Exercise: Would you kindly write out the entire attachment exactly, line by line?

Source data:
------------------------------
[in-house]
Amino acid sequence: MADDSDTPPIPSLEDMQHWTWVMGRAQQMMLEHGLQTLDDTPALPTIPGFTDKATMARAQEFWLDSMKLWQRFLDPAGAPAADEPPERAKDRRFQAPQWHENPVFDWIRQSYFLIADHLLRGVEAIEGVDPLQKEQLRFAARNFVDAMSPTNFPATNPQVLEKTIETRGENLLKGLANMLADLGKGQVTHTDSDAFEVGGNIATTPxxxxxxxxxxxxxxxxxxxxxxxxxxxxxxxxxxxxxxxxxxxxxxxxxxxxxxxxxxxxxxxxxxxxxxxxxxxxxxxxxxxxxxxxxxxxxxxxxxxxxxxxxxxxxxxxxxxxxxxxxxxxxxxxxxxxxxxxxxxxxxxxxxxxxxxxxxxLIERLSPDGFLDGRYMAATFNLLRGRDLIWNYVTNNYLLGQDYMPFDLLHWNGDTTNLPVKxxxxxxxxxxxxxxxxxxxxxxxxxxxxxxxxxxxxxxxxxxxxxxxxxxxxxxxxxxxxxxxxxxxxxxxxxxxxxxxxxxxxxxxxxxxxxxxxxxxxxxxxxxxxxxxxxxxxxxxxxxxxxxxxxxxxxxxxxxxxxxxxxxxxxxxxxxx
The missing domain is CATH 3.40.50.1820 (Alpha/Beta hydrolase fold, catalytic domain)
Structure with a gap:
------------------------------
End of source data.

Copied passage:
[in-house]
Amino acid sequence: MADDSDTPPIPSLEDMQHWTWVMGRAQQMMLEHGLQTLDDTPALPTIPGFTDKATMARAQEFWLDSMKLWQRFLDPAGAPAADEPPERAKDRRFQAPQWHENPVFDWIRQSYFLIADHLLRGVEAIEGVDPLQKEQLRFAARNFVDAMSPTNFPATNPQVLEKTIETRGENLLKGLANMLADLGKGQVTHTDSDAFEVGGNIATTPxxxxxxxxxxxxxxxxxxxxxxxxxxxxxxxxxxxxxxxxxxxxxxxxxxxxxxxxxxxxxxxxxxxxxxxxxxxxxxxxxxxxxxxxxxxxxxxxxxxxxxxxxxxxxxxxxxxxxxxxxxxxxxxxxxxxxxxxxxxxxxxxxxxxxxxxxxxLIERLSPDGFLDGRYMAATFNLLRGRDLIWNYVTNNYLLGQDYMPFDLLHWNGDTTNLPVKxxxxxxxxxxxxxxxxxxxxxxxxxxxxxxxxxxxxxxxxxxxxxxxxxxxxxxxxxxxxxxxxxxxxxxxxxxxxxxxxxxxxxxxxxxxxxxxxxxxxxxxxxxxxxxxxxxxxxxxxxxxxxxxxxxxxxxxxxxxxxxxxxxxxxxxxxxx
The missing domain is CATH 3.40.50.1820 (Alpha/Beta hydrolase fold, catalytic domain)
Structure with a gap: